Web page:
Lebanese Shiite Muslim group Hezbollah and Palestinian Sunni Muslim group Hamas, two influential political and paramilitary organizations opposed to Israel, have apparently joined forces in response to President Donald Trump's recent decision to recognize the contested, holy city of Jerusalem as the capital of Israel.
Hezbollah and Hamas, which both support an independent Palestinian state and have clashed with Israel on various occasions, found themselves on opposite sides of a civil war in neighboring Syria where Hezbollah mobilized on behalf of Syrian President Bashar al-Assad and Hamas supported opposition groups trying to oust him since 2011. As Assad, an ally of Russia and Iran, re-consolidated control over much of the territory he had once lost, however, Hamas has grown closer to the so-called axis of resistance formed between Iran, Syria and Hezbollah, and Trump's recent controversial ruling on Jerusalem, which Palestinians also claimed as their capital, has reportedly brought the two militant groups and other allies together.
"There could be an official announcement soon from the axis of resistance that it is coming together to confront Israel and Trump’s decision," Lebanon's The Daily Star cited a Lebanon-based security source described as being close to both groups as saying Tuesday.
The alleged gathering, which also was mentioned by Iran's semi-official Press TV, also would include several other groups active in the Palestinian territories of Gaza and the West Bank as well as the Iran-backed, mostly Shiite Muslim Popular Mobilization Forces of Iraq. Whereas Hezbollah took on the Islamic State militant group (ISIS) and rebel groups in Syria and the outskirts of Lebanon, the Popular Mobilization Forces played a key role in defeating the jihadis from their country of origin.
The Popular Mobilization Forces fought alongside the U.S.-backed Iraqi military, but their opposition to the U.S.'s 14-year military presence in Iraq has recently landed some of their member militias on the State Department's list of designated foreign terrorist organizations. There they join Hezbollah, Hamas and other armed Palestinian factions potentially considering involvement in the axis of resistance, a partnership formed in opposition to the U.S, Israel and Saudi Arabia, a former ally of Hamas and bitter enemy of Iran.
Hezbollah Secretary-General Hassan Nasrallah called on Muslims and Christians earlier this month to unite in opposition to Trump's historic decision to name Jerusalem as the capital of Israel along with plans to move the U.S. embassy there from Tel Aviv. The city, which is considered sacred by Jews, Christians and Muslims, was given international status ahead of Israel's creation in 1948, but was divided between Israel and Jordan amid the conflict and mass displacement of Palestinians that followed. Israel later seized the whole city after a second Arab-Israeli conflict in 1967 and annexed the eastern half in 1980, a move not recognized internationally and viciously opposed by Arab and Muslim countries that view the city, or at least East Jerusalem, as the capital of a Palestinian state.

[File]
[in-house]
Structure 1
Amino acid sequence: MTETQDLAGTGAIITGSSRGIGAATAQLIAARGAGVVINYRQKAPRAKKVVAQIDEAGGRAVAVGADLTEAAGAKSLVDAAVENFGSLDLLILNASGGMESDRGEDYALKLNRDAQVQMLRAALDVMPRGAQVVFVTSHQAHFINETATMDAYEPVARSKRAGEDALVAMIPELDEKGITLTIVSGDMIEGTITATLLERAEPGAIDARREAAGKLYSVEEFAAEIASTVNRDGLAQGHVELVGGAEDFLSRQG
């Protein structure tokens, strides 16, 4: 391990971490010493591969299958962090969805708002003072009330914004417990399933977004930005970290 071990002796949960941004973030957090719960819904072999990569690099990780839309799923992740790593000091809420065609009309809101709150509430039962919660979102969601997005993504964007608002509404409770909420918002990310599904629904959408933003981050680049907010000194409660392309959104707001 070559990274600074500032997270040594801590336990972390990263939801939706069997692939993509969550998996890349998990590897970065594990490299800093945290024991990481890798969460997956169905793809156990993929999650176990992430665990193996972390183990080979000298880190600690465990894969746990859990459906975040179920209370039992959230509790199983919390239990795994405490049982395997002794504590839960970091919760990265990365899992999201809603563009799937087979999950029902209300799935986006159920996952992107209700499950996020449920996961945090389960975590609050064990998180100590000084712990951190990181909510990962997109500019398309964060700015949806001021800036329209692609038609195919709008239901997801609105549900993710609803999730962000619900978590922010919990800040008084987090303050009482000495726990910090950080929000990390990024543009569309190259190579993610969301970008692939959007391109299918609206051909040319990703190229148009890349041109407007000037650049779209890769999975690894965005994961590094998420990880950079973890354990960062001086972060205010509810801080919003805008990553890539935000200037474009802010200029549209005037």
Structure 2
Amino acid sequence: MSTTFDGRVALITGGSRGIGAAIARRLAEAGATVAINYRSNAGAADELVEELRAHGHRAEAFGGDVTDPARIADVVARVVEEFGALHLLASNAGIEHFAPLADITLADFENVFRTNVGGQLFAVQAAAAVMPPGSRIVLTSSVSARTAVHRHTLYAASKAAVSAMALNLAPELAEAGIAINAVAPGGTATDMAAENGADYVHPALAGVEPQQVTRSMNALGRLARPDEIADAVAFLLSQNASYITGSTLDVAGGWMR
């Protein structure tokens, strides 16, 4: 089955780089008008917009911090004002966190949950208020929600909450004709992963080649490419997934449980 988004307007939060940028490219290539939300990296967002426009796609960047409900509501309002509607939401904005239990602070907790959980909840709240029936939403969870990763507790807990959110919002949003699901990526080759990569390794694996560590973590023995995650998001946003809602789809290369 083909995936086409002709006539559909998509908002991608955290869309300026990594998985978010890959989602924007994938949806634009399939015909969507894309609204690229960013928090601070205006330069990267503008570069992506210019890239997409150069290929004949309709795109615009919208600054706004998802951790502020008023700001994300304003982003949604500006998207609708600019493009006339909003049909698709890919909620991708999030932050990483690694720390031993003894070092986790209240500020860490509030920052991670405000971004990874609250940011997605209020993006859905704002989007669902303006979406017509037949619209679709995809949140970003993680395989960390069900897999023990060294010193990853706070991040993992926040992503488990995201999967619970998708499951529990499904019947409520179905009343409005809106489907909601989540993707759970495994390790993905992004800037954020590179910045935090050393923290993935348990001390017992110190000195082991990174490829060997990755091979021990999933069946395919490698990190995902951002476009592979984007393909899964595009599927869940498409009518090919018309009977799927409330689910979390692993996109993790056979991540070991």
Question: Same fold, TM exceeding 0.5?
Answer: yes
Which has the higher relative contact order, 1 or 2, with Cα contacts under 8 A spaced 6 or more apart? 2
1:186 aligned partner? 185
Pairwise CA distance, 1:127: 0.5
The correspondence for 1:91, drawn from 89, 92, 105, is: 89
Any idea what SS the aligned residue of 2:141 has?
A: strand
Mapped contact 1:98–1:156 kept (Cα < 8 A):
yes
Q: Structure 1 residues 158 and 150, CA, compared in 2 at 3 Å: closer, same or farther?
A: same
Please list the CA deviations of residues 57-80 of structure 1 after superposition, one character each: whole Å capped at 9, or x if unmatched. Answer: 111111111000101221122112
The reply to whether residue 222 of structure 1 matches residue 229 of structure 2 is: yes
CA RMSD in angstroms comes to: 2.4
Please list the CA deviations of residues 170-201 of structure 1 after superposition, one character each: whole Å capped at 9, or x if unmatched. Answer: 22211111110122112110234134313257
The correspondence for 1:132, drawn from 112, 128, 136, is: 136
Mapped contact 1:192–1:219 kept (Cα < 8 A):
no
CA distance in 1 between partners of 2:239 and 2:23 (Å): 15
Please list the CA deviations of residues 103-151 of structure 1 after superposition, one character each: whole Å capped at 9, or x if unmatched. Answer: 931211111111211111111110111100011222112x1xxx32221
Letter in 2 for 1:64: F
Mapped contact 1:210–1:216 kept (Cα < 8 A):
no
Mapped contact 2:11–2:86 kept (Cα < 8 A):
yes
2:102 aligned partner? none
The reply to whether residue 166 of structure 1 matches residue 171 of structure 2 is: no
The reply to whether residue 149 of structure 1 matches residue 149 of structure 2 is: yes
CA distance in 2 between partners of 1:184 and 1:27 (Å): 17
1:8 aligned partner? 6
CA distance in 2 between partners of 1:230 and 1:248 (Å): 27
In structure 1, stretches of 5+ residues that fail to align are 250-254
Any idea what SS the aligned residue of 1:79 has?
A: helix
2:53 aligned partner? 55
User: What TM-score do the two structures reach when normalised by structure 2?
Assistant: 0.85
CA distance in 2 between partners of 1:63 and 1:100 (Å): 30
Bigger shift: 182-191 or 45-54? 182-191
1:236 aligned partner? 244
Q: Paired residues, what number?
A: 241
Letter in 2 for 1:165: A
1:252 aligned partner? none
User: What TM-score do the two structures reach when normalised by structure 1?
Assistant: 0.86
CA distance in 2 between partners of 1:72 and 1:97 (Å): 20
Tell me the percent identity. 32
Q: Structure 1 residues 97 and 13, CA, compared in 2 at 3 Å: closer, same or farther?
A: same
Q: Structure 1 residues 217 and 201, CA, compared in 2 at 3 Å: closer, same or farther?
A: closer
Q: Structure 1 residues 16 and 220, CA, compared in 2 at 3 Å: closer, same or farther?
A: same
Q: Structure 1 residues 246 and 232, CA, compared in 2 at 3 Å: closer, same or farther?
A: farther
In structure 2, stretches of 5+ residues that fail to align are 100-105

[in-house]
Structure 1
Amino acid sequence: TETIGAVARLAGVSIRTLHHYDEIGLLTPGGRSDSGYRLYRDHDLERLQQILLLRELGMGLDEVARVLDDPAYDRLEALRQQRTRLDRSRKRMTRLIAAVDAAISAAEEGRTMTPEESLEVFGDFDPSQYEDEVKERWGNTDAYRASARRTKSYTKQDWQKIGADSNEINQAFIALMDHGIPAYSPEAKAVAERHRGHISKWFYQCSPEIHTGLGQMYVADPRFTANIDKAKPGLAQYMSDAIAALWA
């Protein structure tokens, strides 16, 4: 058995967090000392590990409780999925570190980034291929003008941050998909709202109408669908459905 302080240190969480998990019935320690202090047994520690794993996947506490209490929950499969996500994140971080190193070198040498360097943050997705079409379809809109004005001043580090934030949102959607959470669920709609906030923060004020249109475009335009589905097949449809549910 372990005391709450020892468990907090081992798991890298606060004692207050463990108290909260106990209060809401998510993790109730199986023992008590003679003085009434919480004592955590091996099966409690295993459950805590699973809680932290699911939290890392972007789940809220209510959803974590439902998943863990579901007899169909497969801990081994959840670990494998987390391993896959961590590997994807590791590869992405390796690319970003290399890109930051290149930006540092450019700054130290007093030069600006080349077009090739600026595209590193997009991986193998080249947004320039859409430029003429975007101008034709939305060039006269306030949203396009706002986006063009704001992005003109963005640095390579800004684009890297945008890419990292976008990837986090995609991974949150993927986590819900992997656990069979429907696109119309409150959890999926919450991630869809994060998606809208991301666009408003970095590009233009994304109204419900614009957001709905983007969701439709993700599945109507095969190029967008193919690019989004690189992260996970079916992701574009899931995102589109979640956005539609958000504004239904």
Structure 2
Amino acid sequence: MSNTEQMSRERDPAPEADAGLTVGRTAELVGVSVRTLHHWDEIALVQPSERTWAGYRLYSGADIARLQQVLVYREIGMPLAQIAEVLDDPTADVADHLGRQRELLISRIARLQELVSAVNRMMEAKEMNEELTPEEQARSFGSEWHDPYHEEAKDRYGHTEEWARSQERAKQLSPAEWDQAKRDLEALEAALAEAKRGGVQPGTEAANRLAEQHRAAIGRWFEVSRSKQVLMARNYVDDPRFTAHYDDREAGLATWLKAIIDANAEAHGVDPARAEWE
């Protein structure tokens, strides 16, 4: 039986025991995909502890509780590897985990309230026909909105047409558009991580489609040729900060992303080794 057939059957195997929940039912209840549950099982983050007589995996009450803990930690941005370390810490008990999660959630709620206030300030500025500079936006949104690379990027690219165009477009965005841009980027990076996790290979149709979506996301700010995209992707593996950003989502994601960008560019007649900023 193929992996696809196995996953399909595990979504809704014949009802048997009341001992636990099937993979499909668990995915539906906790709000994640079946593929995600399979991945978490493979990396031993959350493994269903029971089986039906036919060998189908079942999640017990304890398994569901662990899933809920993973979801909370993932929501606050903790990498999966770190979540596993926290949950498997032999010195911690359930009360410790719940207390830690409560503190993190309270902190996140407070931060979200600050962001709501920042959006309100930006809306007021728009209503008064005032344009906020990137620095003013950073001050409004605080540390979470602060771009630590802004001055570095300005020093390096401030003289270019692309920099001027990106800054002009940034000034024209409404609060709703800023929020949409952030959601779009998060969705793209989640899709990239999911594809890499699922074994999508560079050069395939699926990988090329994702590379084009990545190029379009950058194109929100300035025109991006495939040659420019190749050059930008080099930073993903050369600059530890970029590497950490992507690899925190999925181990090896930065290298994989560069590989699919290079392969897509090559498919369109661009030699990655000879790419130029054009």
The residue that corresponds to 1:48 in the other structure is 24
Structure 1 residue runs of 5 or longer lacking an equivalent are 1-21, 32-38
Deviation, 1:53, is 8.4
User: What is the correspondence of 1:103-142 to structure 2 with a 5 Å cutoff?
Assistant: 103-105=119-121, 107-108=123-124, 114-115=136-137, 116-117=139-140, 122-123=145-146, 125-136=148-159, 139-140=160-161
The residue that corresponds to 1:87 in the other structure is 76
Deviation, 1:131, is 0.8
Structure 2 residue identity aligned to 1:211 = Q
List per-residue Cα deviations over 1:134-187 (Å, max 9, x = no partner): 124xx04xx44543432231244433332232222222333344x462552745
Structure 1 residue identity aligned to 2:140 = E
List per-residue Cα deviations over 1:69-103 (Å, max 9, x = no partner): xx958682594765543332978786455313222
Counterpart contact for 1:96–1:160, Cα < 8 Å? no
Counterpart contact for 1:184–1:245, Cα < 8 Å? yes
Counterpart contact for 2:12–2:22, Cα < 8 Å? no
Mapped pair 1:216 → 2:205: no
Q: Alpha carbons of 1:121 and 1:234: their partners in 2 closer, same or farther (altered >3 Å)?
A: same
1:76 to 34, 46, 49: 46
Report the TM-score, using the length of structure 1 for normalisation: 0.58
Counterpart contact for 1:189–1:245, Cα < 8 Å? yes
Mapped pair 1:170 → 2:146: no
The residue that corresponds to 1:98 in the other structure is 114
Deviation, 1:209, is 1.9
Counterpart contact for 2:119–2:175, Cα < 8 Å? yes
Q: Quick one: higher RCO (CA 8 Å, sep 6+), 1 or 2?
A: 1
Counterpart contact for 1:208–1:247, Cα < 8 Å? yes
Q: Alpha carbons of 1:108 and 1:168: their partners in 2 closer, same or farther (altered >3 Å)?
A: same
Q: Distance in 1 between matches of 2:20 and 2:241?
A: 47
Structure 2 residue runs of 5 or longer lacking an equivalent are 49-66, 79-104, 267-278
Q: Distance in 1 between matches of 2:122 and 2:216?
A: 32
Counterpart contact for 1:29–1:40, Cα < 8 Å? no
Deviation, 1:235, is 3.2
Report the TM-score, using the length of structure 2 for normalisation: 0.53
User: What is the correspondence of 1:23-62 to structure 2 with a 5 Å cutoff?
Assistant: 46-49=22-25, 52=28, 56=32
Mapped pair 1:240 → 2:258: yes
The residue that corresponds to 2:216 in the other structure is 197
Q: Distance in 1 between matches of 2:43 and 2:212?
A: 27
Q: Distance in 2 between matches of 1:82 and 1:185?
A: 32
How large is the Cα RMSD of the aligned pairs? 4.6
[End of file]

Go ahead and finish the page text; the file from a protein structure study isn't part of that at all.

"The stance of the Palestinian people is the key to all the coming period,” Nasrallah said during a speech, adding: "We renew our vow to stay with Palestine, Al-Quds [Jerusalem], and all the Islamic and Christian sanctities, as we are witnessing today a true intifada [uprising] in which Muslims and Christians are all united to defend the sanctities," according to Lebanon's Hezbollah-affiliated Al Manar.
Nasrallah said Hezbollah, which Iran helped establish in the middle of Lebanon's 15-year civil war and is often considered one of the world's most powerful non-state armies, could focus on supporting Palestinians now that ISIS had collapsed. Hezbollah fought two major wars with Israel, both of which resulted in Israeli withdrawals in 2000 and 2006. Hamas also emerged in the 1980s, but with the backing of Egypt's Muslim Brotherhood. Hamas played a key role in the anti-Israel intifadas of the late 1980s and early 2000s, but its rivalry with longtime, left-wing Palestinian resistance vanguard Fatah has alienated the two Palestinian movements and has potentially led to Fatah's exclusion from the upcoming meeting.
Facing an overwhelmingly negative international reaction to Trump's decision, the U.S. used its privilege as a permanent member of the United Nations Security Council to veto a resolution last week condemning it. Days later, the U.N. General Assembly put up another resolution, which the U.S. couldn't veto, and, despite Trump's threats to cut off financial aid to any country that voted against his announcement, the resolution passed 128-9.
In a separate development, Iran's parliament voted Wednesday in favor of recognizing Jerusalem as the capital of the U.N.-recognized "State of Palestine."